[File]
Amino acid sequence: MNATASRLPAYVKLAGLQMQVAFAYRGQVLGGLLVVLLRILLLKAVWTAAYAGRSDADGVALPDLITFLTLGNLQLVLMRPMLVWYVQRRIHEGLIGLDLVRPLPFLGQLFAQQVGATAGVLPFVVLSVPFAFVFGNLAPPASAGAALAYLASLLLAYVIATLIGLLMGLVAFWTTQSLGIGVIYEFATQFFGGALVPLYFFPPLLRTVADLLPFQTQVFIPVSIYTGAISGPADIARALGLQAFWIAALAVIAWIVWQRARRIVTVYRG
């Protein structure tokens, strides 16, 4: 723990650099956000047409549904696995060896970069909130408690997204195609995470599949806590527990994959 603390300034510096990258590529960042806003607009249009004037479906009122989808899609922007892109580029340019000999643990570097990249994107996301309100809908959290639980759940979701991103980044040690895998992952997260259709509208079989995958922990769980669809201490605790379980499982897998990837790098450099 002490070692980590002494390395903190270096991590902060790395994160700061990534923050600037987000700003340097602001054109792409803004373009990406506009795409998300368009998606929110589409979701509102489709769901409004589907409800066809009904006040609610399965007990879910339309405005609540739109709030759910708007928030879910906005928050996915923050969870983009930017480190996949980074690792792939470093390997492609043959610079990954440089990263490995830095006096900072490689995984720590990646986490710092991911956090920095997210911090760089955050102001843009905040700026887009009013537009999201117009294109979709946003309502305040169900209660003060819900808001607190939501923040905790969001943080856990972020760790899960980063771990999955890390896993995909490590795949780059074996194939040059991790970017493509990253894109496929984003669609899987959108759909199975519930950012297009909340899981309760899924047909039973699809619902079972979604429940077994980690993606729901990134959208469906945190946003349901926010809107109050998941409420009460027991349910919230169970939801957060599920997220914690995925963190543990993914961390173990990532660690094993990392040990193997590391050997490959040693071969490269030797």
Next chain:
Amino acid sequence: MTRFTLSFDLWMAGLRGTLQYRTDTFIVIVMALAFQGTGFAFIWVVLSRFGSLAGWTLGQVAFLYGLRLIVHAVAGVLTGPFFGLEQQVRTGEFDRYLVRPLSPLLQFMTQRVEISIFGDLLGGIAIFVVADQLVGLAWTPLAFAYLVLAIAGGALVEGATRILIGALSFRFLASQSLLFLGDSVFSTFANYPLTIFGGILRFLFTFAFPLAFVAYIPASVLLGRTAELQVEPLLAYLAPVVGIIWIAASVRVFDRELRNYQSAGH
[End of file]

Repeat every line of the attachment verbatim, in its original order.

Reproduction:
Amino acid sequence: MNATASRLPAYVKLAGLQMQVAFAYRGQVLGGLLVVLLRILLLKAVWTAAYAGRSDADGVALPDLITFLTLGNLQLVLMRPMLVWYVQRRIHEGLIGLDLVRPLPFLGQLFAQQVGATAGVLPFVVLSVPFAFVFGNLAPPASAGAALAYLASLLLAYVIATLIGLLMGLVAFWTTQSLGIGVIYEFATQFFGGALVPLYFFPPLLRTVADLLPFQTQVFIPVSIYTGAISGPADIARALGLQAFWIAALAVIAWIVWQRARRIVTVYRG
């Protein structure tokens, strides 16, 4: 723990650099956000047409549904696995060896970069909130408690997204195609995470599949806590527990994959 603390300034510096990258590529960042806003607009249009004037479906009122989808899609922007892109580029340019000999643990570097990249994107996301309100809908959290639980759940979701991103980044040690895998992952997260259709509208079989995958922990769980669809201490605790379980499982897998990837790098450099 002490070692980590002494390395903190270096991590902060790395994160700061990534923050600037987000700003340097602001054109792409803004373009990406506009795409998300368009998606929110589409979701509102489709769901409004589907409800066809009904006040609610399965007990879910339309405005609540739109709030759910708007928030879910906005928050996915923050969870983009930017480190996949980074690792792939470093390997492609043959610079990954440089990263490995830095006096900072490689995984720590990646986490710092991911956090920095997210911090760089955050102001843009905040700026887009009013537009999201117009294109979709946003309502305040169900209660003060819900808001607190939501923040905790969001943080856990972020760790899960980063771990999955890390896993995909490590795949780059074996194939040059991790970017493509990253894109496929984003669609899987959108759909199975519930950012297009909340899981309760899924047909039973699809619902079972979604429940077994980690993606729901990134959208469906945190946003349901926010809107109050998941409420009460027991349910919230169970939801957060599920997220914690995925963190543990993914961390173990990532660690094993990392040990193997590391050997490959040693071969490269030797």
Next chain:
Amino acid sequence: MTRFTLSFDLWMAGLRGTLQYRTDTFIVIVMALAFQGTGFAFIWVVLSRFGSLAGWTLGQVAFLYGLRLIVHAVAGVLTGPFFGLEQQVRTGEFDRYLVRPLSPLLQFMTQRVEISIFGDLLGGIAIFVVADQLVGLAWTPLAFAYLVLAIAGGALVEGATRILIGALSFRFLASQSLLFLGDSVFSTFANYPLTIFGGILRFLFTFAFPLAFVAYIPASVLLGRTAELQVEPLLAYLAPVVGIIWIAASVRVFDRELRNYQSAGH